The last times I wrote about email topics, I already had the thought in my mind to try setting up my own mail server again. I already tried this a while back, but switching from FastMail (my favorite mail provider) was too scary for me because I wasn’t quite confident about the setup.
But now I overcame my fear that something could go wrong and just tried it. (I’m really proud of it.)
I don’t have much knowledge about mail servers itself, I don’t know much more about Postfix than it is the software that actually sends the mail to another server. But I don’t really have to know that either.
Because there’s Mailcow. Mailcow is a bunch of configuration files, that you can just clone to a server (check if the IP is on a blacklist!) and it will setup everything for you. It’s based on Docker and that’s one of the reasons I chose it, because I’m more familiar with Docker than with mail servers.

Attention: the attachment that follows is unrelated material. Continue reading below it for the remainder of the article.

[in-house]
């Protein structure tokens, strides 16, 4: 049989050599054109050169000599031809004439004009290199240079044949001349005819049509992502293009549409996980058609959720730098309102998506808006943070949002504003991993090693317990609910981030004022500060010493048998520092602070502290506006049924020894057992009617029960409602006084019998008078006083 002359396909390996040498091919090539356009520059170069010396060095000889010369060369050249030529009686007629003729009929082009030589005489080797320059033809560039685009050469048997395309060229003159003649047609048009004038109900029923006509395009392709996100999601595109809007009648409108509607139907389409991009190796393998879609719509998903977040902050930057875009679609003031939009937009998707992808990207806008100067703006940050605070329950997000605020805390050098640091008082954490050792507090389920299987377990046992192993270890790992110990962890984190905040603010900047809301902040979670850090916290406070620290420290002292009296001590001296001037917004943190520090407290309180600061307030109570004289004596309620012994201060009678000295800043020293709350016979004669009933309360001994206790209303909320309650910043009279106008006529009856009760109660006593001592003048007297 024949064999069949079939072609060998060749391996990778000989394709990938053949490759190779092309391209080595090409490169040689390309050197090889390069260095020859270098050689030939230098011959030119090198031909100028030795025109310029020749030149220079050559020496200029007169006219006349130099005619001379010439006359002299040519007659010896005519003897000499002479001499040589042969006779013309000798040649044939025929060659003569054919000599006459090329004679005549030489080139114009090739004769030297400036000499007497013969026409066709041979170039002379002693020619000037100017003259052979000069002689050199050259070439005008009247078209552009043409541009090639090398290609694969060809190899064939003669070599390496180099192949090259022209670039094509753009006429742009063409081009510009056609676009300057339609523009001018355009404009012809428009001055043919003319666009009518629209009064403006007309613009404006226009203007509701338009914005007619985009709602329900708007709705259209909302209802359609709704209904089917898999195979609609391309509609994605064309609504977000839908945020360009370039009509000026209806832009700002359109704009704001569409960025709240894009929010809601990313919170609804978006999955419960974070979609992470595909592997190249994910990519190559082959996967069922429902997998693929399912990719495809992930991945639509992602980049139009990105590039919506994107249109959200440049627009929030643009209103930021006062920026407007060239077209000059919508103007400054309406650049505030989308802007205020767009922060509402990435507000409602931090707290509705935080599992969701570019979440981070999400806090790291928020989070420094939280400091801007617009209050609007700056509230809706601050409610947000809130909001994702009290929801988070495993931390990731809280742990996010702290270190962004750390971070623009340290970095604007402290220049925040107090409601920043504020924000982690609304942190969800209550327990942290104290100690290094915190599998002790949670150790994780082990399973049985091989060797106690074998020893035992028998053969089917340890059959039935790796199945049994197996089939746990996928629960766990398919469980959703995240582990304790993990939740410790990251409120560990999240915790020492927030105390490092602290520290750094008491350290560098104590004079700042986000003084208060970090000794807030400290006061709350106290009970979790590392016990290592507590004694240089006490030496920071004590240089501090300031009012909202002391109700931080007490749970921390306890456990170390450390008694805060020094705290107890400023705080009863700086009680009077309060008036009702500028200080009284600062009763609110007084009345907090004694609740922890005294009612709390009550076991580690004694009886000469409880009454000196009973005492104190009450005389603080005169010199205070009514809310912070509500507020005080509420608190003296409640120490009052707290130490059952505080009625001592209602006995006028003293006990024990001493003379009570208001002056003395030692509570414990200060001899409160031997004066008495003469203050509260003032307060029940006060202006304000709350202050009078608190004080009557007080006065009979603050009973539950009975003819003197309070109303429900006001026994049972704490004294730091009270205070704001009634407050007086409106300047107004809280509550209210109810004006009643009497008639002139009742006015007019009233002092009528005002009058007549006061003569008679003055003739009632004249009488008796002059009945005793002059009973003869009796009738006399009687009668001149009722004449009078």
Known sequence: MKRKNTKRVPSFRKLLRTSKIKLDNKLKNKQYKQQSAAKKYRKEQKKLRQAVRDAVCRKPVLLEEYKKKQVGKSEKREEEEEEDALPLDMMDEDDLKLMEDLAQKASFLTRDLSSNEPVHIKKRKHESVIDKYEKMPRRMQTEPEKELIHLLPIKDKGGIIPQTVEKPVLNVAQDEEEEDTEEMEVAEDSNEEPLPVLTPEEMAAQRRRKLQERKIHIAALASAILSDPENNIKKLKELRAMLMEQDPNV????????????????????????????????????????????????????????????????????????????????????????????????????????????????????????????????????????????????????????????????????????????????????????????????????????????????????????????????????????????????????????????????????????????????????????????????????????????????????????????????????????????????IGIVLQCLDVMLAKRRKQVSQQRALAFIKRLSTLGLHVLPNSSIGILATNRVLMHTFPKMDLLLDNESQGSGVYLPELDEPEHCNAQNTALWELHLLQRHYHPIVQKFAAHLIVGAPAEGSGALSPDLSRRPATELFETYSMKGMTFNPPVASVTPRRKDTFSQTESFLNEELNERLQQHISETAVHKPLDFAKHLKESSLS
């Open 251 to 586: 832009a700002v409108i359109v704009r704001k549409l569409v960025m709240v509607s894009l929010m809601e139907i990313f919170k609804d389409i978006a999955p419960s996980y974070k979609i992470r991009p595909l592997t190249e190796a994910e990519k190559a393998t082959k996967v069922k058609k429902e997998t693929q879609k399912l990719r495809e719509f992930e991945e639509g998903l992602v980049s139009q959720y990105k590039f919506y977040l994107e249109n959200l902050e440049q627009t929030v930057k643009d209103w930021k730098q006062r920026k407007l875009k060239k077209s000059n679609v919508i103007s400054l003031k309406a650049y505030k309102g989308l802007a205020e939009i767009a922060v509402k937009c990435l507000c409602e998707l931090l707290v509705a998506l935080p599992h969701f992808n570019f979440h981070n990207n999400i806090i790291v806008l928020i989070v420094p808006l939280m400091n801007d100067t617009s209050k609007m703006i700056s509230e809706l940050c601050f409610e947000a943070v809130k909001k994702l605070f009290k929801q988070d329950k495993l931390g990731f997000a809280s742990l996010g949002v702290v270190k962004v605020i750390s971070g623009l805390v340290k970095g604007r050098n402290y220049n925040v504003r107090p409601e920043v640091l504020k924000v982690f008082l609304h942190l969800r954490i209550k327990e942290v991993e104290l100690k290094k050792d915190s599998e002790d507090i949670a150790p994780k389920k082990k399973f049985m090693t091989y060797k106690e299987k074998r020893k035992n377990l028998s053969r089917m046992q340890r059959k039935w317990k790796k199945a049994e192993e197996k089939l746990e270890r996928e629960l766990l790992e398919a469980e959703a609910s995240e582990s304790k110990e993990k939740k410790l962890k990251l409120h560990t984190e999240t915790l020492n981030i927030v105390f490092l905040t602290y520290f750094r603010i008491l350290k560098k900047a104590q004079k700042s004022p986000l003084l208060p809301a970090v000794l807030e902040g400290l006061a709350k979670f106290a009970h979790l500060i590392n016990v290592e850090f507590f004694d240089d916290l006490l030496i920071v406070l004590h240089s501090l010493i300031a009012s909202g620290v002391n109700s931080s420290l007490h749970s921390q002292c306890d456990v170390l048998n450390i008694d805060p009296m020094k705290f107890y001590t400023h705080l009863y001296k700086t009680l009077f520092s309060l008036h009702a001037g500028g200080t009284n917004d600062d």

After you followed the installation instruction, you can easily add domains, create DKIM certificates, change a few DNS settings and everything should be ready to go.
First, I migrated a few domains, where I usually don’t send or receive any mails to try it out with a few mail tester tools and after I configured a few things to my liking, tried out various features and got more confident, I also migrated my main domains.
Using my own mail server gives me a few but nice advantages:
- I have full control over my mail. Nobody is scanning my mail to personalize ads.
- I can learn new things: How to manage a mail server.
- I don’t have any limits. I could scale it to infinity if I would need to, without a huge price increase.
A disadvantage as well as advantage is, that I’m responsible for down time myself, but as long as I don’t start playing with it too much, that shouldn’t be a problem.